This is developing quite quickly at the moment but it's in production use on a couple of small sites and seems stable enough.
I've tested this with Darwin Calendar Server (on Ubuntu), with Google Calendar and with feeds published from iCal on a mac. It work just as well with iCal server on OS X Server, and in theory any other CalDav-compliant back end. See http://caldav.calconnect.org/ for more possibilities.
Create a calendar in your Google Calendar account. Call it 'public', or whatever you like, and tick the box marked 'make this calendar public'.
Click on 'calendar settings' from the drop-down menu next to the name of the public calendar, and look towards the bottom for the 'Calendar Address' section. Click on 'ical' and the address that pops up is your subscription address. You shouldn't need anything else.
We aren't really doing CalDAV properly here, but taking advantage of a compatibility with the simpler ical standard. A simple GET to addresses under /calendar will return a file in ical format, which is what we get and parse. As a passive display client, that's all we need, but it does mean that so far we can't display groups properly, or interact with principals, or take proper advantage of the more collaborative functions of CalDAV.
The address for your calendar will either look like this:
or like this:
but note that the port and protocol will depend on your server setup. The best way to find these addresses is to visit the calendar server in a normal web browser, log in as the authorised person, and cut and paste the address of the calendar you want. You may also be able to get the right address out of iCal or sunbird but some trial and error will be involved.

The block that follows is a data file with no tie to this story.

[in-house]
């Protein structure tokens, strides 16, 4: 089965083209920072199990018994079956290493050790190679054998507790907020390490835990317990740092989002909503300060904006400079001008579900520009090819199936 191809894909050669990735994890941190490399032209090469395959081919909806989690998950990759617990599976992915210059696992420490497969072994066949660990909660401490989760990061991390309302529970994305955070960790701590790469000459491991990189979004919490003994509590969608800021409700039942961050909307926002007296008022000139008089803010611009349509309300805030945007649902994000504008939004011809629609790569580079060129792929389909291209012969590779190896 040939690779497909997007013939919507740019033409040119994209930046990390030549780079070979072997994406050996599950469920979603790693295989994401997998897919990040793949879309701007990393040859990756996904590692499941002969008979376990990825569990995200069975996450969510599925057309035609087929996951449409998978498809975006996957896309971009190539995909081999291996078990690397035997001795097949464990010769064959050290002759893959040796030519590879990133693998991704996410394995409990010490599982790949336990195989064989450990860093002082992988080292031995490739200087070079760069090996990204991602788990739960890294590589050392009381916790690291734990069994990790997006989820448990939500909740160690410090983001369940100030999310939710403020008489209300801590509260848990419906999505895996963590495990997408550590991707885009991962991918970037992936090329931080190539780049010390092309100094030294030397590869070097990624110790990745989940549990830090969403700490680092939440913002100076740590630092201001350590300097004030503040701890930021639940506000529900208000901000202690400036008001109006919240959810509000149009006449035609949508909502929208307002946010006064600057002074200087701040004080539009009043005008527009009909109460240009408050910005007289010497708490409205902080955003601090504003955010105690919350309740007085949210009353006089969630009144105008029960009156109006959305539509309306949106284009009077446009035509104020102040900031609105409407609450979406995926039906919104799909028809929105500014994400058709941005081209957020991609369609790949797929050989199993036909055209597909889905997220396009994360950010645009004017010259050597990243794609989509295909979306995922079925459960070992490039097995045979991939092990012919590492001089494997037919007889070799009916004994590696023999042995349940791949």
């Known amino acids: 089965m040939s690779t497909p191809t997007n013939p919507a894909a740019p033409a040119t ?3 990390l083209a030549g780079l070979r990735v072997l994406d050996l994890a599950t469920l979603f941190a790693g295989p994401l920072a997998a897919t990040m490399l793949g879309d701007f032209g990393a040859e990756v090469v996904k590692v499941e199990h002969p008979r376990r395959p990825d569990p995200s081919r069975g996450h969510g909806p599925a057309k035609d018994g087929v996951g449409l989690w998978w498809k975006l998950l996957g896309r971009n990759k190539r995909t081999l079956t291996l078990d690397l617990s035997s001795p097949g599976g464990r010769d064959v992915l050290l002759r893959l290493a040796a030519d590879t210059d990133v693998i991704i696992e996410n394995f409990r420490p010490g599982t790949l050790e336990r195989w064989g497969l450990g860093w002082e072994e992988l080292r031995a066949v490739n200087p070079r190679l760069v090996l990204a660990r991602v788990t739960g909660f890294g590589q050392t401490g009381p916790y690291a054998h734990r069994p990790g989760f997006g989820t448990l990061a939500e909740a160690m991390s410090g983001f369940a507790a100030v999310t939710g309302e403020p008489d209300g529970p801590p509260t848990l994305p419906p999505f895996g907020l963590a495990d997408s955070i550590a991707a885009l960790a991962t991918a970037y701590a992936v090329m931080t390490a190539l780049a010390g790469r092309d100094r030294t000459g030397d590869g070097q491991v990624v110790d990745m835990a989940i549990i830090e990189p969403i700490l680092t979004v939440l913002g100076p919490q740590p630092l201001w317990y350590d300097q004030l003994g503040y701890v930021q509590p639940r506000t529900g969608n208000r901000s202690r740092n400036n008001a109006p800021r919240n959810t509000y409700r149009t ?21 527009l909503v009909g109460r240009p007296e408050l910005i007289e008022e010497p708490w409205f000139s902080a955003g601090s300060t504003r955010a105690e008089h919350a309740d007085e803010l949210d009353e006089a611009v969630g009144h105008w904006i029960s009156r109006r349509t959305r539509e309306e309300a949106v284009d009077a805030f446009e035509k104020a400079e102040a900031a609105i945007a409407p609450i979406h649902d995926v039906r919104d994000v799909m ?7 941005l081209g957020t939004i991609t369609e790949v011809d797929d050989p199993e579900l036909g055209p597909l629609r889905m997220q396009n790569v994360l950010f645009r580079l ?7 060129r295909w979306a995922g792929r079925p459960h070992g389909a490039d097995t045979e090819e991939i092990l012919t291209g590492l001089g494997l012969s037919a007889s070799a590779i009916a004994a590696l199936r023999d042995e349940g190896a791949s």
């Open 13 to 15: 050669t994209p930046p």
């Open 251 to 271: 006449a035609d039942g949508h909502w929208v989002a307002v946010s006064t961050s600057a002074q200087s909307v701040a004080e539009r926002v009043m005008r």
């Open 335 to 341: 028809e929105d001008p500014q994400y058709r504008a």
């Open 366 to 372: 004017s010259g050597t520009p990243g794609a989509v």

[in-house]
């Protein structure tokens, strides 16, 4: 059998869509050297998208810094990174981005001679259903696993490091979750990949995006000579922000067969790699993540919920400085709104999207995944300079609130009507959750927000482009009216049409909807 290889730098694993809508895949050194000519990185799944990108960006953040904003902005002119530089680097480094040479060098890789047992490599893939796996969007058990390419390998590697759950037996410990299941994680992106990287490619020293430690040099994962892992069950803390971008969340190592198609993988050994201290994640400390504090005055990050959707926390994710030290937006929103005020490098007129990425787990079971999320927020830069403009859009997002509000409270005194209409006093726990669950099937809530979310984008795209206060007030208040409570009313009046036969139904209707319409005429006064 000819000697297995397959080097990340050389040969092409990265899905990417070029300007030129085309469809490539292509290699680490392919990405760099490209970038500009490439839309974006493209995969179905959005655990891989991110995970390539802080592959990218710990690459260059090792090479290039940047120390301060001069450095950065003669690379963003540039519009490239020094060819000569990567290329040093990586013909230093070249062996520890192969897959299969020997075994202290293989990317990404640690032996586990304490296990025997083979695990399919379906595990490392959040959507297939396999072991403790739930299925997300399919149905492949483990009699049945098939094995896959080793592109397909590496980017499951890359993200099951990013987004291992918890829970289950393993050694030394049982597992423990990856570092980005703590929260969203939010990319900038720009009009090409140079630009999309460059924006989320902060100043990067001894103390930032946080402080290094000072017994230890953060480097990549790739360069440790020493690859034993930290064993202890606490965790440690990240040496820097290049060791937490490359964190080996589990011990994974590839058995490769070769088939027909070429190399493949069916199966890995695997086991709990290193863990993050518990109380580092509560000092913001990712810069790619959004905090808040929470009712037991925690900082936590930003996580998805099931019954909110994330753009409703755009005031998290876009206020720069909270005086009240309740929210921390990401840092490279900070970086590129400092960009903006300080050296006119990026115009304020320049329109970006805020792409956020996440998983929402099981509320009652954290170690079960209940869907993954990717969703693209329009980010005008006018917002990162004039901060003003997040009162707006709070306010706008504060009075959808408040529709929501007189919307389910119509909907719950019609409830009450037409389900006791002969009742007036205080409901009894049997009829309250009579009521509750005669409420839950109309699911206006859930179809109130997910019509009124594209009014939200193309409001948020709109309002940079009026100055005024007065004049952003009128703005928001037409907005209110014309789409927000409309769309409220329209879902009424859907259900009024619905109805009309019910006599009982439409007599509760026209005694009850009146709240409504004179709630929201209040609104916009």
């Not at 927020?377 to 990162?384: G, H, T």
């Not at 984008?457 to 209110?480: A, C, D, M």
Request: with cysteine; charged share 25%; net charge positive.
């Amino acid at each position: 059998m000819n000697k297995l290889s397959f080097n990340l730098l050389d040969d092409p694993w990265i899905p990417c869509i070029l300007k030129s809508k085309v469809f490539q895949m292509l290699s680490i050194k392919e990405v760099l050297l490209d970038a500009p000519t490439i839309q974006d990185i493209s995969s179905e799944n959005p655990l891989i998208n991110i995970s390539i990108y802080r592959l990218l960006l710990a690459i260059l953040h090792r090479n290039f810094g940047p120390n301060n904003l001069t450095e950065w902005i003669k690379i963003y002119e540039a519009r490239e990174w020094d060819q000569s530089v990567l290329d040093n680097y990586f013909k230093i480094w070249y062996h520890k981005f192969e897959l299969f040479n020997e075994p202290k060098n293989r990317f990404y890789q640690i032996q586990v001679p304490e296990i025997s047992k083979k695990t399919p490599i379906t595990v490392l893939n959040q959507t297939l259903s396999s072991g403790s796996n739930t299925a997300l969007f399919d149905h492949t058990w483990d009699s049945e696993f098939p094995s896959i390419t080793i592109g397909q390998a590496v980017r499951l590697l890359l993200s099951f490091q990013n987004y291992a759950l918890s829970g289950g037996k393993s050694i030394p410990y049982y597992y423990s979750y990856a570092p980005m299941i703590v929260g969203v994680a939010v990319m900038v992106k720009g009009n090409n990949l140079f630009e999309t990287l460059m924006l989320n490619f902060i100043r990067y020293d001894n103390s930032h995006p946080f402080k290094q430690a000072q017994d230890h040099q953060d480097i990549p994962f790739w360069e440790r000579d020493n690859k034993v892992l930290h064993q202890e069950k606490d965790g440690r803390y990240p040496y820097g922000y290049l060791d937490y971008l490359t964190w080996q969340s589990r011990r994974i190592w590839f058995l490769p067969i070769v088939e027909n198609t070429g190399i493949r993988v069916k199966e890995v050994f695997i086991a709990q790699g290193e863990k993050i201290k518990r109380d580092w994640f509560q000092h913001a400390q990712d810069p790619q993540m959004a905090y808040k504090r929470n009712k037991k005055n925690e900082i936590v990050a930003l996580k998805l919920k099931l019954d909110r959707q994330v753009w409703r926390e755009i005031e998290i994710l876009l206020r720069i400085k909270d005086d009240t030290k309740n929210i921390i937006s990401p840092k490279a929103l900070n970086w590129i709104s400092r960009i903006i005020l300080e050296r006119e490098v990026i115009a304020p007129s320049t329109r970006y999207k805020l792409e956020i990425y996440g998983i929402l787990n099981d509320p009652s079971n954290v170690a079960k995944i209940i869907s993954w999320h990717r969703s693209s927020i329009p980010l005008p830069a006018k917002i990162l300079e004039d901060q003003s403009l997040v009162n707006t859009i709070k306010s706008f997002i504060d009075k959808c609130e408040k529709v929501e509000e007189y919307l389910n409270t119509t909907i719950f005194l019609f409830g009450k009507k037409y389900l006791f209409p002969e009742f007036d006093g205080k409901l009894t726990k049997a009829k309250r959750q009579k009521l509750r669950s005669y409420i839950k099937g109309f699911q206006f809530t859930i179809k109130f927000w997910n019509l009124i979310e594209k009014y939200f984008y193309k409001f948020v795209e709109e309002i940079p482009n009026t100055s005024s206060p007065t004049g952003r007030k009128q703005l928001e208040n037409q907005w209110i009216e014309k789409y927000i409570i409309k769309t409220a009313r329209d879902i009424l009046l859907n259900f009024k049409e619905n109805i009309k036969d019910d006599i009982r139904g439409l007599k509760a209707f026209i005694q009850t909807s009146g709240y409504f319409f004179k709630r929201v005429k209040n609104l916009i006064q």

The best way to think of these addresses under /calendar/ is as the read-only version. The address that you will subscribe to in your desktop calendar application is the read-write version and will look slightly different:
is all you need to put into iCal, for example: it will handle subcalendars and GUIDs without bothering you for details.
It's not nice. There are three main options:
- OS X Server has an excellent built-in ICal server
- Darwin Calendar Server is the open-source version of that. It's written mostly in Python and distinctly quirky, but once set up it works very well.
- Use a Google calendar and endure a bit of sync bother to get it on the desktop.
- That's it unless you speak Java, in which case there are several other good options.
See http://caldav.calconnect.org/ for news and background information.
Calendars are only refreshed if they're accessed. The
event_calendar.default_refresh_interval setting is really a cache duration: on the next request after that interval, we go back to the original source. If that gets too slow for the end user who triggers the refresh then I'll need to add a calendar-refresh rake task that can be crontabbed, but so far it seems to work well enough.
If you're administering your calendars in iCal, the first calendar you set up will be accessible at the simple /users/uid/calendar address but after that you'll have to get the GUIDs. You can get-info on a calendar to get a subscription address but if it's long it may be truncated.
OS X 10.6 promises to handle all this a lot better. On Windows you're pretty much confined to Sunbird at the moment. There is a project to hook Outlook up to CalDAV but it seems to have stalled.
Reports and requests in lighthouse, please, or for little things an email or github message is fine.
Originally created by Loren Johnson: see www.hellovenado.com
Currently maintained by spanner. Contact William Ross .
Released under the same terms as Radiant and/or Rails.